Stocks slipped Tuesday as investors looked ahead to earnings from tech giants and markets continued to weigh the impacts of Covid-19 lockdowns in China.
Futures for the Dow Jones Industrial Average retreated 100 points, or 0.3%, after the index ended 238 points higher on Monday to close at 34,049. S&P 500 futures signaled a start 0.2% into the red with the Nasdaq Composite poised to drop 0.2%.
Overseas, the pan-European Stoxx 600 rose 0.7% as indexes in the region played catch-up to Wall Street’s late-Monday rally. The Shanghai Composite fell 1.4%, underperforming other bourses in Asia, as the severity of Covid-19 lockdowns in China continued to pressure investor sentiment.
The prospect of disruptive Covid-19 lockdowns being imposed in Beijing—having been in place in Shanghai since March—added significant pressure to stocks on Monday amid fears of a slowdown in the world’s second-largest economy. A downturn in China could cause global ripple effects as markets are already preparing for a hit to economic demand from interest-rate increases to tame historically high inflation.
“The market felt tired and worn down by the building risks yesterday and by the time Europe closed things were looking pretty bleak,” said Jim Reid, a strategist at Deutsche Bank, noting that a late rally led by tech stocks after Tesla (ticker: TSLA) CEO Elon Musk agreed to buy Twitter (TWTR) helped turn the S&P 500 from 1.7% lower to 0.6% higher.
“It was hard to find a narrative for the strong rebound,” Reid added. “Tech stocks will stay front-and-center though as earnings progress this week, with Microsoft and Alphabet both set to report after the close tonight.”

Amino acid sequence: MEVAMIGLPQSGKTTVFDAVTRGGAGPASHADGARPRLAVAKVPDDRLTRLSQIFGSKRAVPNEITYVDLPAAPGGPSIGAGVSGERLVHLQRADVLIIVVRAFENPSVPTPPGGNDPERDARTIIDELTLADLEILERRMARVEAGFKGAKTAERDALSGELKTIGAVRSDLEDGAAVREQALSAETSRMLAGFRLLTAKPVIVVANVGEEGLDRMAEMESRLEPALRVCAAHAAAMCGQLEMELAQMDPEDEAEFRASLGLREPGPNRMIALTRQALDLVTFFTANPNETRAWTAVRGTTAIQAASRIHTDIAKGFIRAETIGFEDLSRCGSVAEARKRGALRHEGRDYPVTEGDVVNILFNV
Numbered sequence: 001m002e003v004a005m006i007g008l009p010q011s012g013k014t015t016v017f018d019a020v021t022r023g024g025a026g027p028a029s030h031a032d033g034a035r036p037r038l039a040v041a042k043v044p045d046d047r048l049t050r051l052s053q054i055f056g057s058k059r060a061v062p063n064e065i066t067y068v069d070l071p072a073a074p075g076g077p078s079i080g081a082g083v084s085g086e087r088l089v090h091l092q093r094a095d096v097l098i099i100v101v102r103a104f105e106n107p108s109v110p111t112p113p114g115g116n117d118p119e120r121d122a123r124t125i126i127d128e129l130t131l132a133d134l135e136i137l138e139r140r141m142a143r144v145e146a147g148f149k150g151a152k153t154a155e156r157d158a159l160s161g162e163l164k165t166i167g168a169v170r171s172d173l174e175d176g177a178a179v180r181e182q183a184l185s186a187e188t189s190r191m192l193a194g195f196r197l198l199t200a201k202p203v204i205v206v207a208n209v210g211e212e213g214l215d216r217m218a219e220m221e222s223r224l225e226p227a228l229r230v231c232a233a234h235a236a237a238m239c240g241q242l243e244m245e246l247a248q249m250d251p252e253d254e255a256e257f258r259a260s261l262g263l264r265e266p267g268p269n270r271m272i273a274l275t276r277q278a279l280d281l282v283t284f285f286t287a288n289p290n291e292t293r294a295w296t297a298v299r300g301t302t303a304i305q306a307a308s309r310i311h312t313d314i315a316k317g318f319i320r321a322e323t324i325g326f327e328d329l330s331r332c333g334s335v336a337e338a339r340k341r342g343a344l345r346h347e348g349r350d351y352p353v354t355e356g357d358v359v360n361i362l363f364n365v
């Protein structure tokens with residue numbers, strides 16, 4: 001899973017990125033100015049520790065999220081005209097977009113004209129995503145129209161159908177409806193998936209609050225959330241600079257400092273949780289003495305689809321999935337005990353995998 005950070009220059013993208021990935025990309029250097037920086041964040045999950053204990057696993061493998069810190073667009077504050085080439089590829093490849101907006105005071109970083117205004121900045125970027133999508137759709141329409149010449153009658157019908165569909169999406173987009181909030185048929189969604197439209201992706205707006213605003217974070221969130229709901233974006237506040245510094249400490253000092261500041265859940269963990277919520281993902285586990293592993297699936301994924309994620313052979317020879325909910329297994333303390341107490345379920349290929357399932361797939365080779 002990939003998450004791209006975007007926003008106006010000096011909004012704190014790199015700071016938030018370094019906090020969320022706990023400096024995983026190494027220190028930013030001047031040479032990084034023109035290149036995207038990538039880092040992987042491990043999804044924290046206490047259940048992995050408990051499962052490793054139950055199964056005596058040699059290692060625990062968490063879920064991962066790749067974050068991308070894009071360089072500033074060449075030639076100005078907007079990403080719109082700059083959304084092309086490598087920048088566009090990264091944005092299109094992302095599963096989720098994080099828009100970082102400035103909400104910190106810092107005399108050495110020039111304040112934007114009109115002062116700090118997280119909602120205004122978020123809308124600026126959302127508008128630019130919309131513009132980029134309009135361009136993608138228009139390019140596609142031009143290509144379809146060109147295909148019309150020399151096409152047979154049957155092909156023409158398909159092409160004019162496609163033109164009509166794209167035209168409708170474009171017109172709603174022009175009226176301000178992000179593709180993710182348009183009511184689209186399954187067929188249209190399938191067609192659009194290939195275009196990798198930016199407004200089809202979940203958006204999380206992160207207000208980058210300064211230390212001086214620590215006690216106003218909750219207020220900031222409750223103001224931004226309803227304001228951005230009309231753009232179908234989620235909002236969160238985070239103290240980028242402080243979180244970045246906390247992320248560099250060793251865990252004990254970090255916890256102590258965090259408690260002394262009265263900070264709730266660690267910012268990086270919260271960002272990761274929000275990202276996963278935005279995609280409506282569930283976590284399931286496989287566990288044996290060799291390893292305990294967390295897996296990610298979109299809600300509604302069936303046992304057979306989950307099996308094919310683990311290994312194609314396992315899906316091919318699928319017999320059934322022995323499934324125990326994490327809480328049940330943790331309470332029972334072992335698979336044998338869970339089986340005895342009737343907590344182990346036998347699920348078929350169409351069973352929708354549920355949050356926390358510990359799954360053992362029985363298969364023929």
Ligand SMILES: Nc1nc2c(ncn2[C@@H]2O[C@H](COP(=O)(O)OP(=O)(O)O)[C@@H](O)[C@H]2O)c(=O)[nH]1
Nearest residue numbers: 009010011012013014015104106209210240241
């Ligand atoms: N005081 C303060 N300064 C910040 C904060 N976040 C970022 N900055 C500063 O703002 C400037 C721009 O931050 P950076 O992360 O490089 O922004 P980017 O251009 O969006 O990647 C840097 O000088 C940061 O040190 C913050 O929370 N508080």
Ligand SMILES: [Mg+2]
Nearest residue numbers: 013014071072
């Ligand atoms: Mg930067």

Corporate earnings remain in focus, with 179 of the 500 constituents of the S&P 500 reporting results this week. The day ahead will see reports from Alphabet (GOOGL), Microsoft (MSFT), General Electric (GE), Raytheon Technologies (RTX), and General Motors (GM), among others. Investors are focused on how well companies are weathering, among other things, a complex macroeconomic environment amid pressure from inflation.
“With so much going on, this promises to be another eventful and potentially volatile week for financial markets,” said Lukman Otunuga, an analyst at broker FXTM. “Caution is likely to remain the name of the game this week with sentiment fragile as strict lockdowns in China, concerns around a global slowdown, Fed rate-hike fears and geopolitical risks leave investors on edge.”
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